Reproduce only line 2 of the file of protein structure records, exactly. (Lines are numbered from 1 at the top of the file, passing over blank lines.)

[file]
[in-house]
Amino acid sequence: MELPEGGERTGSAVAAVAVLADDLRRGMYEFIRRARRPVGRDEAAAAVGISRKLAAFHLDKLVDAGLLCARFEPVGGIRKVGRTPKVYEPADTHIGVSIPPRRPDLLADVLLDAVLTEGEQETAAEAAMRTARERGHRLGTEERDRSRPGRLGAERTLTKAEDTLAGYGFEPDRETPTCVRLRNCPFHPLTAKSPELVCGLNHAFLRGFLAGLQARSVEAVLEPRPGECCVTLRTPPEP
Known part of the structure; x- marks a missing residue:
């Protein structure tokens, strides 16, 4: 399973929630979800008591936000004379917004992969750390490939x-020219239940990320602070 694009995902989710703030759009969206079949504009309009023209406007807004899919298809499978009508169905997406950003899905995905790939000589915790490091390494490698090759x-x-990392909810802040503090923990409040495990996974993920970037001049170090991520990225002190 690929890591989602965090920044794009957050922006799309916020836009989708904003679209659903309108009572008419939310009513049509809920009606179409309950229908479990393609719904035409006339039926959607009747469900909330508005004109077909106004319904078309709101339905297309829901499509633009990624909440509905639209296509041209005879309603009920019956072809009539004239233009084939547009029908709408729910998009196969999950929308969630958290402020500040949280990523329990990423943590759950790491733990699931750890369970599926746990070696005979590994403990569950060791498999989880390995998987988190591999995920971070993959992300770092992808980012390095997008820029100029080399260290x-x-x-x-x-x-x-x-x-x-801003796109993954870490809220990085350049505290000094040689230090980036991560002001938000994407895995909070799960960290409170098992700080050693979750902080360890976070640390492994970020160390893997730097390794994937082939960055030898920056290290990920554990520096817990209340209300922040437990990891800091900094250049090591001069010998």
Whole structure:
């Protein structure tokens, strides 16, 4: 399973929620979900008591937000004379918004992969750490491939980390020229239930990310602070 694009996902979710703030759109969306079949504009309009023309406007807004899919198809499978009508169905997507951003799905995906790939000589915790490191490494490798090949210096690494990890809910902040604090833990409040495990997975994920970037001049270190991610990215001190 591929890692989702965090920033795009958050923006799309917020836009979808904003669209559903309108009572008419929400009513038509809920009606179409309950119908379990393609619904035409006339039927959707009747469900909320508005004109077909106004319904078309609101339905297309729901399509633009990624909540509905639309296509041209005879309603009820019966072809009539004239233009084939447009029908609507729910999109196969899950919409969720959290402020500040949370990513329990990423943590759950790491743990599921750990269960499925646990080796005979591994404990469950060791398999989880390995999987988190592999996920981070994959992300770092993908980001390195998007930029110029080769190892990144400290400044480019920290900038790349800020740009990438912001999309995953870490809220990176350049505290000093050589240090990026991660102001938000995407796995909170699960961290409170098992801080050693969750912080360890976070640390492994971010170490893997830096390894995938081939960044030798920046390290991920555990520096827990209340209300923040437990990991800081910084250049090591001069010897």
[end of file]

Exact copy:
Amino acid sequence: MELPEGGERTGSAVAAVAVLADDLRRGMYEFIRRARRPVGRDEAAAAVGISRKLAAFHLDKLVDAGLLCARFEPVGGIRKVGRTPKVYEPADTHIGVSIPPRRPDLLADVLLDAVLTEGEQETAAEAAMRTARERGHRLGTEERDRSRPGRLGAERTLTKAEDTLAGYGFEPDRETPTCVRLRNCPFHPLTAKSPELVCGLNHAFLRGFLAGLQARSVEAVLEPRPGECCVTLRTPPEP